The Twins' bats are finally starting to wake up, which makes me feel better about using their ace, Ervin Santana, especially against the ho-hum Brewers. They are also really righty-heavy. Santana doesn't have a crazy split, but he's definitely better against right-handers.

Adam Conley was overamped in his season debut from what I saw and he couldn't command anything (16 balls in 31 pitches, only lasted 1 IP), but he calmed down in his second start and showed why I'm so excited about him this year. His velocity is up 1.5 mph for an average of 93 mph, which is really good from the left side, and he backs it up with a pair of solid secondary offerings (slider, changeup). He has strikeout upside, and the one issue in his profile -- his fly ball tendency -- is mitigated by his home ballpark. Just don't pitch to Bryce Harper, even in a lefty-lefty matchup.

Spot Starters and Streamers

If you really want to get cute -- which is rarely a good idea, how often do you hear "don't get cute!" -- you could go for Marcus Stroman in Baltimore. He is platoon neutral, his base skills generally hold up on the road, and he has been successful against the O's, albeit in just 18 innings of work. I freely admit there is risk to this maneuver, but Stroman is really good and his heavy ground ball tendencies give him a good chance to keep the Orioles in the park.

Michael Pineda has a nice projected Game Score because his base skills remain appealing: 23 percent strikeout rate, 6 percent walk rate and 14 percent swinging strike rate, but as was the case last season, he's still getting crushed whenever he misses his spot -- which is surprisingly often for someone with his stuff. He's a perfect example of the difference between command and control. Command is putting the ball where you want it and generating quality strikes, while control is just consistently hitting the zone. The anemic A's offense could coax a Pineda lineup out of me, but I'm entering with my eyes open now, as opposed to the multiple times I fell for Pineda last season and came away dumbfounded when he allowed 5-plus earned runs (including a ridiculous 8 ER versus Philly in June).

I've been skeptical about Alex Wood for a while now, as his 2014 strikeout rate of 25 percent has proven to be a fluke, with just a 16 percent mark since (and essentially the same swinging strike rate). All the reservations are tempered when you've got the Braves on the docket. He gets a crack at his former teammates and could be a nice low-dollar gamble, especially with his offensive support.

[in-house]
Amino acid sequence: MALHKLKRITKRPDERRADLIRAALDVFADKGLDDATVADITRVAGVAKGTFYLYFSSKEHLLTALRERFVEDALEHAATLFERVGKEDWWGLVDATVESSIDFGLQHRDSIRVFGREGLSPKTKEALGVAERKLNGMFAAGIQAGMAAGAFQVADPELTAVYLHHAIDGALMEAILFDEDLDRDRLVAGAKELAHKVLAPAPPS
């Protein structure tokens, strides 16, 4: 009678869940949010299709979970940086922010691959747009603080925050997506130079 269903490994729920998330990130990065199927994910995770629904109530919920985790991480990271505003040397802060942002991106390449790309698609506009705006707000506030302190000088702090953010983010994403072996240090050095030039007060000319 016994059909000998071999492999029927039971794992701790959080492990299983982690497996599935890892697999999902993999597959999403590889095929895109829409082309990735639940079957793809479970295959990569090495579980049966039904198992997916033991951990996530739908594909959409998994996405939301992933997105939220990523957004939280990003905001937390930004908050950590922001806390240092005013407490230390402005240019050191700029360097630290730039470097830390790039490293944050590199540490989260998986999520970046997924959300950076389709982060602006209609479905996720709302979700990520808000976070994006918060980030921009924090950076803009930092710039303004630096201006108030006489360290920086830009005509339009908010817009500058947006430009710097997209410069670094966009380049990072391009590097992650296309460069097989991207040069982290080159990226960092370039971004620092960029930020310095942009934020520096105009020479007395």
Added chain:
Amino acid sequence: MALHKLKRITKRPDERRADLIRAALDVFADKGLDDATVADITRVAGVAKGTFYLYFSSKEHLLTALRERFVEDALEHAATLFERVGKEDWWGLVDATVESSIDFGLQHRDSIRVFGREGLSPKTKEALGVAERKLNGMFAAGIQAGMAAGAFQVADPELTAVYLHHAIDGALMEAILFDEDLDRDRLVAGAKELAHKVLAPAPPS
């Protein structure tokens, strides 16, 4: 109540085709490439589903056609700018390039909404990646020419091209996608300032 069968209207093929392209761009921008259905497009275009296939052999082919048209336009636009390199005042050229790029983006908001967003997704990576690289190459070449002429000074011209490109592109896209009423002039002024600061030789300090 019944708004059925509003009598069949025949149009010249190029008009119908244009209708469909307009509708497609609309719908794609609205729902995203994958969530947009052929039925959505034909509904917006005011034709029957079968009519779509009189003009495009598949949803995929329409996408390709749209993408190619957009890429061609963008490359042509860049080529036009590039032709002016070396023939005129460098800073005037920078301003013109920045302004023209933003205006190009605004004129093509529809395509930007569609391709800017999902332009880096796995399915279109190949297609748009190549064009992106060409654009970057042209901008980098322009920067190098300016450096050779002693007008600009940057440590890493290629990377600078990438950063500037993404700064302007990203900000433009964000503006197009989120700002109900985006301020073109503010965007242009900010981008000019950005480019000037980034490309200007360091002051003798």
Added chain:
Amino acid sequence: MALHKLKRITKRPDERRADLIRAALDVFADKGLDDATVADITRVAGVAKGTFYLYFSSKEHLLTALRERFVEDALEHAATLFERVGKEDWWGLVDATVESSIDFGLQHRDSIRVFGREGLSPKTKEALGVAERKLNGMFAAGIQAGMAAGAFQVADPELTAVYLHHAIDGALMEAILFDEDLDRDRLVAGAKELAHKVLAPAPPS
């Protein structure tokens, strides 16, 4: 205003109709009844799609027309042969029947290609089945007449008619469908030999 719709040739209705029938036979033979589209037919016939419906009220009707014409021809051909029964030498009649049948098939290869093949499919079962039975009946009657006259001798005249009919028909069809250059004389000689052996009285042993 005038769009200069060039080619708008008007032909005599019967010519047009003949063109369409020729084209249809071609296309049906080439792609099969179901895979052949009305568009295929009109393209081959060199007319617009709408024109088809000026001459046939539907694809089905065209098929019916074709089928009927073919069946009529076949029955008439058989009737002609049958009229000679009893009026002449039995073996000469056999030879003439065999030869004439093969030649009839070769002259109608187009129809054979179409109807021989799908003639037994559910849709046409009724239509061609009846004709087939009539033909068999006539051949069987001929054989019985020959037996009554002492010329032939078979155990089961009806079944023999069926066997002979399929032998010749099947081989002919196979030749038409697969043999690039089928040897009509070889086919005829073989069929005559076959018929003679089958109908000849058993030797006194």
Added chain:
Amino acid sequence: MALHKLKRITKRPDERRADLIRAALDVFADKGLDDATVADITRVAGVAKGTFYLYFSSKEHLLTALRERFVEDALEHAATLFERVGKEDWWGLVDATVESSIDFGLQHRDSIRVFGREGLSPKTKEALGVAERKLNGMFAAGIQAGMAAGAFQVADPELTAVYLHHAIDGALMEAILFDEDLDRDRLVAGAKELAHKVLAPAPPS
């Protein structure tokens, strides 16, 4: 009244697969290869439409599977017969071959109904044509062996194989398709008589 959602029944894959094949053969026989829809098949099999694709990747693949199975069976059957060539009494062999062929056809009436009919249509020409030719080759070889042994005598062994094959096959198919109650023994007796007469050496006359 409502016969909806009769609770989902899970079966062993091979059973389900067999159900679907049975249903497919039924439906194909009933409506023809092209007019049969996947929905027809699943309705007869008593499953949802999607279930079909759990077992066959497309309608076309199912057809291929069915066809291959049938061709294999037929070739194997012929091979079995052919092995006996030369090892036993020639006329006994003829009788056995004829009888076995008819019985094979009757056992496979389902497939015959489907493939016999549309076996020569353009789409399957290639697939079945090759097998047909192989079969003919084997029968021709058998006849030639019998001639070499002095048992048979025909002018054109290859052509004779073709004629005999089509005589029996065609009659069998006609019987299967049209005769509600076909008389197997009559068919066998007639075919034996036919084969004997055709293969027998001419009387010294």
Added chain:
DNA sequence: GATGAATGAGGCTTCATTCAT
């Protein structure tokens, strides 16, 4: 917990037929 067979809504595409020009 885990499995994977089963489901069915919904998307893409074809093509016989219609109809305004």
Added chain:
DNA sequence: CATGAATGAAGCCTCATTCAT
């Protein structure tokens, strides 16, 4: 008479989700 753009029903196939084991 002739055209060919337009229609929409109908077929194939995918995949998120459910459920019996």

The Orioles' fast start has been driven by the offense and bullpen. Almost the entire rotation has struggled, and a series with Toronto isn't likely to remedy that. We all know the Jays feast on lefties, but they stay well fed on righties, too. MIke Wright has only about 50 major league innings under his belt, but homers have been a huge issue (1.8 HR/9), a problem Toronto can exacerbate big time.

Wily Peralta is a total mess this season and it's hard to feel confident after his uninspiring 20 starts last year (4.72 ERA). Generally it's lefties who crush him, but so far this year a bat in either hand is all that is required to handle Peralta. Joe Mauer is off to a tremendous start, but his teammates are finally offering some support, so I would take a look at some Twinkies on Tuesday.

The Reds-Rockies game doesn't feature the highest run total by Vegas at 8 (there are some 8.5s and the HOU-TEX game is 9), but no one would be surprised if those two teams put up a double-digit total. The 16 combined overall hitter ratings for the two teams is highest on the docket.

Most likely to go yard: Michael Saunders. He has been inserted atop the Blue Jays' lineup and I think he gets them off to a fast start against Wright in Camden. The Jays are a great candidate for multiple homers, in fact.

Most likely to swipe a bag: Mookie Betts. I'm going to be picking on Hank Conger a lot this year. He has thrown out one of the past 49 runners to attempt a steal on him.